Applying for a Building Consent
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What are Building Consents?
A Building Consent is approval that building work, as it is proposed, complies with the NZ Building Code and the Building Act 2004.
It is a legislated quality control process.
When Building Consent is required for building work, doing building work without a prior Building Consent is illegal. It could put people or property at risk. It affects the ability to insure, finance and sell property.
Who do Building Consents benefit?
They benefit current and future property owners, occupants, users, neighbours, visitors and society at large. They ensure proposed building work is, for example, structurally sound, plumbing and drainage is sanitary and minimum fire standards met.
Building Consents benefits those undertaking specific parts of building work, by ensuring that the designs and materials used in previous, concurrent and following stages of construction should work together when brought together.
Associated building inspections ensure Building Code and legislative requirements are met at certain points in construction, before subsequent work can start. This avoids much of the blame game that could arise between different contractors.
They benefit designers by checking their work meets legislative requirements, associated guidance, NZ standards, materials and installation requirements, current building industry training and practices, etc.
When is a Building Consent required?
Most, but not all building work, requires a Building Consent. Examples include:
- New residential buildings
- New mixed-use and commercial buildings
- Alterations/extensions to existing buildings
- Change of use of buildings
- Relocation of buildings
- New swimming pool fencing
- Retaining walls
- Outbuildings, garages and carports
- Plumbing and drainage work
- New, and alterations to, solid fuel heaters
- Decks over 1.5m
For detailed guidance to what is exempt refer to the MBIE guide (PDF).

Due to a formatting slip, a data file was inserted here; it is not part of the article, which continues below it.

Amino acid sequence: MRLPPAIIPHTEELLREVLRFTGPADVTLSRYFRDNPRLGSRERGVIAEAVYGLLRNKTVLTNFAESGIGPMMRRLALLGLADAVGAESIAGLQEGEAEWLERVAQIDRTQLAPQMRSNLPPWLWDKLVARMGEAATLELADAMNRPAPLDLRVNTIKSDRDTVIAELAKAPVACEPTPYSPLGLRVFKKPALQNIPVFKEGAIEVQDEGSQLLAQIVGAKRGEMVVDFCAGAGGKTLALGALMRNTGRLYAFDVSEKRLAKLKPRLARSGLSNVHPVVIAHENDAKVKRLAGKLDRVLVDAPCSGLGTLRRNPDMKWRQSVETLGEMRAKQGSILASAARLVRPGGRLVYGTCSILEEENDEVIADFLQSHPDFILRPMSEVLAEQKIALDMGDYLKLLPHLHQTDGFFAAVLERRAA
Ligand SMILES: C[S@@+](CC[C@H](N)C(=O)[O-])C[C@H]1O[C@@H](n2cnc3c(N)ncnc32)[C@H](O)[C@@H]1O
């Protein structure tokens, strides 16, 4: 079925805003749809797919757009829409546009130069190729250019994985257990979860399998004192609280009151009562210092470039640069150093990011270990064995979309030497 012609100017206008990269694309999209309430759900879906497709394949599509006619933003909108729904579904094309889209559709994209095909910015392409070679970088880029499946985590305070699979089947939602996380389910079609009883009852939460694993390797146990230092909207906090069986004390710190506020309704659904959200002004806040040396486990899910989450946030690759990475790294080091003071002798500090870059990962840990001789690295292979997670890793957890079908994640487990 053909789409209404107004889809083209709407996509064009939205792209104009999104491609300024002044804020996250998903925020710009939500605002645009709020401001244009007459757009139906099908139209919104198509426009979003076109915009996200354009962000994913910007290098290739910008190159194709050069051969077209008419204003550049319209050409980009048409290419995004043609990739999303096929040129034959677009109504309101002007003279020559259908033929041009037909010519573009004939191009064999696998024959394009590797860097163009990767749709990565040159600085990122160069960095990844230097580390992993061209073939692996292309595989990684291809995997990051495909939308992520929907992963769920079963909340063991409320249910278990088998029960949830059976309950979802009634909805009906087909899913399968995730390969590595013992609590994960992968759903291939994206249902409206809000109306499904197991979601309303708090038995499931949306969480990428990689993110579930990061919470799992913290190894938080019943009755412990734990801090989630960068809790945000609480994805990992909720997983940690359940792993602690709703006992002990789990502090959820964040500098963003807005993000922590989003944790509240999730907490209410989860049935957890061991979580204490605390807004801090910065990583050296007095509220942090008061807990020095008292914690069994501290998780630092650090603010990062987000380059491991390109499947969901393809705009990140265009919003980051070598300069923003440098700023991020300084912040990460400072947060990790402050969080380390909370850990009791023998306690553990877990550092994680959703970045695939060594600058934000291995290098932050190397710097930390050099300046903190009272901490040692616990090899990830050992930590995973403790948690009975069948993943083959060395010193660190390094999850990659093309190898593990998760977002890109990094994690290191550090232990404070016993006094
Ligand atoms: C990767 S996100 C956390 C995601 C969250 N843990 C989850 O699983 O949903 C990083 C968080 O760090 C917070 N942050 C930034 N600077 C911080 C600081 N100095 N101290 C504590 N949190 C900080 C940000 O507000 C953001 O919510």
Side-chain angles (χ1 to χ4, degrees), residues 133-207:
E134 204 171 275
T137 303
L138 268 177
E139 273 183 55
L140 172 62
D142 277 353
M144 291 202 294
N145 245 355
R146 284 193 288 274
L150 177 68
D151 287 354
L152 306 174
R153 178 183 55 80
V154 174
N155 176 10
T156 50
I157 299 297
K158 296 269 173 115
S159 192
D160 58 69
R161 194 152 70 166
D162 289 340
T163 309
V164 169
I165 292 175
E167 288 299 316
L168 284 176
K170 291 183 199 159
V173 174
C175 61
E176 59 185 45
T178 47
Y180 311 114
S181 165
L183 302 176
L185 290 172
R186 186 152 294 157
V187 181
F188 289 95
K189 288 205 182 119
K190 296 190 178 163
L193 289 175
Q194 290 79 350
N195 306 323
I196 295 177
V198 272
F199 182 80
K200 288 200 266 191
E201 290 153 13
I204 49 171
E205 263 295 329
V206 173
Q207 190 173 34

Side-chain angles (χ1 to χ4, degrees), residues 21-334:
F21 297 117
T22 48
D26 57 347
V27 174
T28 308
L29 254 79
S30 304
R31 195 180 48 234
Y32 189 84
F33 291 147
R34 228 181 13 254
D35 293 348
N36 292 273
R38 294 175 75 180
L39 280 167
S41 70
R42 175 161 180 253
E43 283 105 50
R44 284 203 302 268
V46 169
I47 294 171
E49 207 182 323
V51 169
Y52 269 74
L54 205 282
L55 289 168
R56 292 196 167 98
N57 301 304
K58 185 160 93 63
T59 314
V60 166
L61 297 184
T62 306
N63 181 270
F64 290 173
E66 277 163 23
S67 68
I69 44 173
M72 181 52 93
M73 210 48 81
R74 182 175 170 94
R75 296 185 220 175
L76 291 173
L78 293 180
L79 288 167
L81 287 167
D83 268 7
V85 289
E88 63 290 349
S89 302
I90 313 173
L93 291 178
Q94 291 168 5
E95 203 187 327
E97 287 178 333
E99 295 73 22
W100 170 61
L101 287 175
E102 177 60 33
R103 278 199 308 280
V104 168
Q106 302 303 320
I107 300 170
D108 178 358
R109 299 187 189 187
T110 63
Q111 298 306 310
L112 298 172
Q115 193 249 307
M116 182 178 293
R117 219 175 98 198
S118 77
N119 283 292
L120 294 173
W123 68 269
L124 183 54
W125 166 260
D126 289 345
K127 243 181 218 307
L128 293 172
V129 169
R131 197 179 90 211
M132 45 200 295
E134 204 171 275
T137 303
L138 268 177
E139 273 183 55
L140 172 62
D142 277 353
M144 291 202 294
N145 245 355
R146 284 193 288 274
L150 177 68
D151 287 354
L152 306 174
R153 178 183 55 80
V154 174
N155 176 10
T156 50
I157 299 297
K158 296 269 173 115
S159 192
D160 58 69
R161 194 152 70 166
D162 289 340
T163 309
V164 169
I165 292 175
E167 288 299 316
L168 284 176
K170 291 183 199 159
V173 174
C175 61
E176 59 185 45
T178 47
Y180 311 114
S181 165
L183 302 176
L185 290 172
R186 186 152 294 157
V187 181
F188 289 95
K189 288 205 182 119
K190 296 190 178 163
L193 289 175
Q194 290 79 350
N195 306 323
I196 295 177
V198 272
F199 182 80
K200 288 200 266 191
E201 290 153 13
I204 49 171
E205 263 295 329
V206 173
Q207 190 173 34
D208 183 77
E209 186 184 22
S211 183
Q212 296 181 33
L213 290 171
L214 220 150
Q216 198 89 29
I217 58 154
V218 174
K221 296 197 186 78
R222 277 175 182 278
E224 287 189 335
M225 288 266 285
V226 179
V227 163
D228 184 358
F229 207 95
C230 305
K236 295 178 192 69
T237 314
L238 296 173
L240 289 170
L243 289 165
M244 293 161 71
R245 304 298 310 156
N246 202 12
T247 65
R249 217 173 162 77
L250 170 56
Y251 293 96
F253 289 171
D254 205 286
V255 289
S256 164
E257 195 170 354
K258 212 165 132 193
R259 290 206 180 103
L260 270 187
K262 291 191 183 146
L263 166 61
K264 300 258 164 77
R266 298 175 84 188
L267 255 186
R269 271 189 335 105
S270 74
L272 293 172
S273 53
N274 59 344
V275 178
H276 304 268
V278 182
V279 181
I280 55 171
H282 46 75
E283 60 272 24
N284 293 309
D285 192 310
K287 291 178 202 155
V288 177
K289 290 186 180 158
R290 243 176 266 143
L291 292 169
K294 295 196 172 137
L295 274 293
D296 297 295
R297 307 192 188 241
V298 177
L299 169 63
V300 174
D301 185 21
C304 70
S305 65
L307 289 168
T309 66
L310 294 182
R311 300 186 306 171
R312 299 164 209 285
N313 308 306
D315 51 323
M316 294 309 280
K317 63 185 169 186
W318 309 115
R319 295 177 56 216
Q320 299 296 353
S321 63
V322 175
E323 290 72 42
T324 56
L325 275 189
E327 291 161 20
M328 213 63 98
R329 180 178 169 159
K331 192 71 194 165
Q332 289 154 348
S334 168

After reading the guidance on this and the MBIE Building Performance website, if you are still unsure if your project requires a Building Consent contact a local building design professional in the first instance. If they are then unable to clarify, contact the Building Services team specifying that you have a technical question.
When can I start building work?
If Building Consent is required, no physical building work can be started until QLDC has granted and issued a Building Consent.
If a Resource Consent is required under the Resource Management Act 1991, then building work cannot start whilst under a Section 37 certificate, under the Building Act 2004.
If any site or building work is started before this, it is illegal building work and you are liable for a substantial fine.
Restricted Building Work
Restricted Building Work is work which can be described as critical to the integrity of a building.
All Restricted building work is required to be identified in a Building Consent application, under the Building Act 2004.
Restricted Building Work is residential design, construction or alteration work that:
- Requires a Building Consent, and
- Involves or affects a home’s:
- Primary structure
- Certain fire safety design
Restricted Building Work can only be done, or supervised, by tradespeople who are Licensed Building Practitioners (LBPs). LBPs must only work within the scope of their license class. You can search for an LBPs can be searched through MBIE's LBP Register.
How do I apply for a Building Consent?
- Information sheets (ISs), fees calculators and application forms (AFs) to guide you through requirements are here. Choose whether it is a residential or commercial project that is proposed.
- Provide all the specified forms, calculator spreadsheets, check sheets and supporting documents specified.
- Ensure you save documents in the right format, with the right file name and with the required contents.
- With some application types, all documents have to be collated into a single PDF document.